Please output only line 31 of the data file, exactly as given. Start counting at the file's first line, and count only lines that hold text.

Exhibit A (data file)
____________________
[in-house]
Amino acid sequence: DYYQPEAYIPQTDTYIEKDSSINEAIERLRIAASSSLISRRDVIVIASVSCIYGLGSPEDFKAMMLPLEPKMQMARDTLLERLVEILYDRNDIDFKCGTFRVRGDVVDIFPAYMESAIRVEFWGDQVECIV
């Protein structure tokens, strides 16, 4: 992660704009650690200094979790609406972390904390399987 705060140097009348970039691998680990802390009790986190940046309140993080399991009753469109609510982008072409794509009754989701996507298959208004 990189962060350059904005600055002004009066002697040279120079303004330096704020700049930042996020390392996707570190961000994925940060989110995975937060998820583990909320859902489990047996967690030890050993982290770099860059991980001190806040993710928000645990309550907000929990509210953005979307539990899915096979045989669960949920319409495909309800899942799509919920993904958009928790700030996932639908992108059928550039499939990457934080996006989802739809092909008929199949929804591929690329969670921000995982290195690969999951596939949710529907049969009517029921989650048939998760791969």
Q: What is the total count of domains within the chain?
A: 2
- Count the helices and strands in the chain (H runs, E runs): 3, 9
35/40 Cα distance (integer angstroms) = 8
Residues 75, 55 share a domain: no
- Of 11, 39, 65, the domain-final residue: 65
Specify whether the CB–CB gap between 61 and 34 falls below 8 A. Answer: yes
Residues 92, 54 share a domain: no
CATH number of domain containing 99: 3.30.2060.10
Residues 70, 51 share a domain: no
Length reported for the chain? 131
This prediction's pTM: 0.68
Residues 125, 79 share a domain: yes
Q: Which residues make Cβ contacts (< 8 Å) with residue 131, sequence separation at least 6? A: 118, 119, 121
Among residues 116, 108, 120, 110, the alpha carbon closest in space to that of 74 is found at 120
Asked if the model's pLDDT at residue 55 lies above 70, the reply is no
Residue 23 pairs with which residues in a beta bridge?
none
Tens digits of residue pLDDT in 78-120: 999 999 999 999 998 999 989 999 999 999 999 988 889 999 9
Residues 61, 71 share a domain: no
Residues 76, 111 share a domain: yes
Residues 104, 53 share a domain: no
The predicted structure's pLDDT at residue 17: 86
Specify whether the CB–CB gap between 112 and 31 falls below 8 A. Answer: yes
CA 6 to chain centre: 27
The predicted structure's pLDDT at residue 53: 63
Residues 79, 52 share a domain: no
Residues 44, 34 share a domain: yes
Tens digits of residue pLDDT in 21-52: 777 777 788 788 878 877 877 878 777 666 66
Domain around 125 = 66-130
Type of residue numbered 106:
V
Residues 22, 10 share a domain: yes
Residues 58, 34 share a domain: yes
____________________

Residues 44, 34 share a domain: yes